The honeybee approached its target, perhaps in a pollinating stupor and unaware that a group of students followed its every move. As it hovered over the pink petals of a wild rose and touched down on the flower, sophomore Taylor Hines held up a second finger. Two honeybees and counting. Amanda Wood, also a sophomore, scratched a note on the data collection sheet attached to the clipboard in her hand.
As the pollinator flew to another rose a small distance away, the students continued their quest for other flying insects. Slowly they made their way along a transect—the invisible line they followed in the Lacamas Prairie Natural Area—recording the kinds of pollinators they observed on the vegetation as they walked through thigh-high grasses and native plant species.
The students, who attend Battle Ground Public Schools' Center for Agriculture, Science, and Environmental Education, or CASEE, have been asked to help with a multiple-year study to collect data on how many and what types of pollinators use Lacamas, which is one of a number of dwindling prairie ecosystems in the Pacific Northwest.
CASEE is one of the Battle Ground district's Career and Technical Education (CTE) programs. CTE endeavors to engage students in learning experiences that provide practical skills in 36 industries and give them a head start on careers and college courses. CTE looks to an advisory board of people who work in the disciplines that the program touches to provide knowledge about what skills students need to be successful.
Carlo Abbruzzese is one of those people. As a natural areas manager for the Washington Department of Natural Resources, Abbruzzese manages public lands and conducts studies to create management plans for the preservation of native ecosystems. He has been working to restore the Lacamas Prairie Natural Area in Clark County and invited Irene Catlin's environmental science students from CASEE to help collect data for a pollinator study.
The Lacamas Prairie Natural Area is home to native plants that include the federally endangered Bradshaw’s lomatium and Oregon coyote-thistle, Hall’s aster, dense sedge, Nuttall’s quillwort, small-flowered trillium, Willamette Valley wet prairie and Oregon white oak woodland. Wet prairies historically covered large areas of the Willamette Valley, where they were maintained by a combination of wetland soil hydrology and frequent burning. The ecosystems have been reduced to fragments of their former total area.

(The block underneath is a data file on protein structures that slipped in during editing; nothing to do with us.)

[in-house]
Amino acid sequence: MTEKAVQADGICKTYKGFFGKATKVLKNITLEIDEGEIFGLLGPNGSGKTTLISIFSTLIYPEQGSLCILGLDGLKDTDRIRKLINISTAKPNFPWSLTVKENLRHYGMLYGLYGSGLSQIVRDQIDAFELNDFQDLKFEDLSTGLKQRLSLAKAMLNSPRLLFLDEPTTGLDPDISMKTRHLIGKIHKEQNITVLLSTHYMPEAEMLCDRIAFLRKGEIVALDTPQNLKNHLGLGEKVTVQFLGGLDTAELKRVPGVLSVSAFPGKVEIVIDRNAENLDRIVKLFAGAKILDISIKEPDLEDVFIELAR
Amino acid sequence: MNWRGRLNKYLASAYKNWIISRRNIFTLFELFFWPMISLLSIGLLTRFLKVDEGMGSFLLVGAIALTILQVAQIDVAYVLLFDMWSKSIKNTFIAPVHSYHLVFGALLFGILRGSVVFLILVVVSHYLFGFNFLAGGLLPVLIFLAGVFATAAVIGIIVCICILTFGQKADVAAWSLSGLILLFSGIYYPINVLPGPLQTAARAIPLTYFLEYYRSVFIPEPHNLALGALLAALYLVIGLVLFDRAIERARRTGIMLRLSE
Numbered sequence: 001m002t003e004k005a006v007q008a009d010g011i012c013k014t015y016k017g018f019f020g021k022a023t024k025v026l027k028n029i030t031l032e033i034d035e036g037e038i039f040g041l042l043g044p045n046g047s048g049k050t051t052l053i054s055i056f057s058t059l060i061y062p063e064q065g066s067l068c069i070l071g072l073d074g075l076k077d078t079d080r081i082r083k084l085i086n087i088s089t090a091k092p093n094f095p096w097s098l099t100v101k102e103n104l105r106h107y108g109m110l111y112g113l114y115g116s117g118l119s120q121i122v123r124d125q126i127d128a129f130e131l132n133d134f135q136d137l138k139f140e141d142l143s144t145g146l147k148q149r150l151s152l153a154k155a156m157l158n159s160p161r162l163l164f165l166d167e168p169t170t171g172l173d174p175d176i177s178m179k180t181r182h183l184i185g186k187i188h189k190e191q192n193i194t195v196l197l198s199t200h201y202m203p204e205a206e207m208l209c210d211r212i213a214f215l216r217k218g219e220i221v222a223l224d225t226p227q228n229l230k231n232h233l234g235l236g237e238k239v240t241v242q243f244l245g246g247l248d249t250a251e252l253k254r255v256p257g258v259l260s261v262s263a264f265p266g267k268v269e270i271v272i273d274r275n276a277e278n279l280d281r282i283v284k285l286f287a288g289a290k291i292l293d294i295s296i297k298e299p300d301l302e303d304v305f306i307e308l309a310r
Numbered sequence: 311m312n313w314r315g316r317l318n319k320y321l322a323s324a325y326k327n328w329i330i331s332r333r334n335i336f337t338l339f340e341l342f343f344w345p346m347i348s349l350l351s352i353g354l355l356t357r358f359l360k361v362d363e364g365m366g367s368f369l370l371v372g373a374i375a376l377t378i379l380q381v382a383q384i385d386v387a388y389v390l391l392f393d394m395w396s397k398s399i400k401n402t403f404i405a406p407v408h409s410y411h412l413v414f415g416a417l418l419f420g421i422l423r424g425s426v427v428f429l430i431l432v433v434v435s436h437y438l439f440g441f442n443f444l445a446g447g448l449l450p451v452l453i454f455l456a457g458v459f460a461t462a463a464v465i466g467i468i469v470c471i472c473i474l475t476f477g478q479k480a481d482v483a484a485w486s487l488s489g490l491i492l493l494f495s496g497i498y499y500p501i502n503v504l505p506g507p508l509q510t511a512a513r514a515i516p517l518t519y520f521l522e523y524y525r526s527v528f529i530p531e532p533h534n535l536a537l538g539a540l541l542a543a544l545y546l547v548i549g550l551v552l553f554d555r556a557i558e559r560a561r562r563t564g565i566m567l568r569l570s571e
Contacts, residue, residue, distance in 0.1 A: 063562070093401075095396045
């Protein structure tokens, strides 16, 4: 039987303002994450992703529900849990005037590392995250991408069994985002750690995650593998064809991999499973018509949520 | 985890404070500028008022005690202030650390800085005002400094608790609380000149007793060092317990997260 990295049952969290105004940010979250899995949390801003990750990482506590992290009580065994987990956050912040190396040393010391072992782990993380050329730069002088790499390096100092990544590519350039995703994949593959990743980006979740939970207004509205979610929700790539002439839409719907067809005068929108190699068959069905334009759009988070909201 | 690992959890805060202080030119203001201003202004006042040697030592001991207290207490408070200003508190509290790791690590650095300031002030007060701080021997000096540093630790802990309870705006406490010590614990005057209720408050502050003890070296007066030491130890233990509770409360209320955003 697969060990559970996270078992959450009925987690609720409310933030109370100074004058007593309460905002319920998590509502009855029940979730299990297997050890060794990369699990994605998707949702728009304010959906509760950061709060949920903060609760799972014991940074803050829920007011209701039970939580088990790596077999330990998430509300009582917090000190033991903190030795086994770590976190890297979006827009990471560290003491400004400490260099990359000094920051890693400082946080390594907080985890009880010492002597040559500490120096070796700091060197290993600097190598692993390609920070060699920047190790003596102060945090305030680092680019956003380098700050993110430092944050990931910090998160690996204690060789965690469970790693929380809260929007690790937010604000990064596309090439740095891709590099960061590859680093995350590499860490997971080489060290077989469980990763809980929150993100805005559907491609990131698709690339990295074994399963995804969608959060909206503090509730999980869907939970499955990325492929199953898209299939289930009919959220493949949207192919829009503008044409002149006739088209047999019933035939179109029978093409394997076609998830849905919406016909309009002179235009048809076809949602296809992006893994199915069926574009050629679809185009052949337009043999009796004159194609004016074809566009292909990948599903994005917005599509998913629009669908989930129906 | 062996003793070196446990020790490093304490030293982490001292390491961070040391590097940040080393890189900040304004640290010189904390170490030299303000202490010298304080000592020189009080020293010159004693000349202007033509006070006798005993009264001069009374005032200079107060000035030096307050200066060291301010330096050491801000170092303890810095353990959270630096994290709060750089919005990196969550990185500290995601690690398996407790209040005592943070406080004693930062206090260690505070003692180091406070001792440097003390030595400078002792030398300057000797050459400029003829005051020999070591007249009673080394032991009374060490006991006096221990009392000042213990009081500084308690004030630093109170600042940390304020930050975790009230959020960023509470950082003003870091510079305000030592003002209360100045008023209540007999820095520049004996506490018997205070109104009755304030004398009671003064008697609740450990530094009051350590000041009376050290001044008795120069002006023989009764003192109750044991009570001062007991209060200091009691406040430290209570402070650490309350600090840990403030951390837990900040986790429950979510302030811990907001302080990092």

In an effort to determine the success of the restoration work at Lacamas and also the status of pollinators in the area, Abbruzzese wants to know what pollinators use the prairie ecosystem, and felt that both the Department of Natural Resources and the students could benefit by their participation in the research. "Part of the mission of our program is education and getting students out in nature and learning about it," Abbruzzese said. "These efforts help us achieve our goals."
To help collect the data, CASEE students learned about the methods researchers use to ensure a study's results will be valid and reproducible. On their recent visit to Lacamas, students measured and marked the transects along which they would make their observations and identified various plant species and pollinators that they found. The students used GPS devices to log coordinates along the study area and timed their journeys so they would spend 15 minutes along each transect. They conducted insect sweeps in tall grass using cloth nets and then shook their catch into plastic bags to identify the different species.
The students are collecting baseline data this year, which will be used to compare the results of future years of data collection as the Department of Natural Resources continues to restore the area by planting species that are native to wet prairie ecosystems.
CASEE's Catlin is pleased about the experience her students are getting by participating in the state's research project. "Pollinators are in decline, so this is a fantastic and relevant study," Catlin said. "We're hoping to see how the pollinator population responds to future plantings and other work."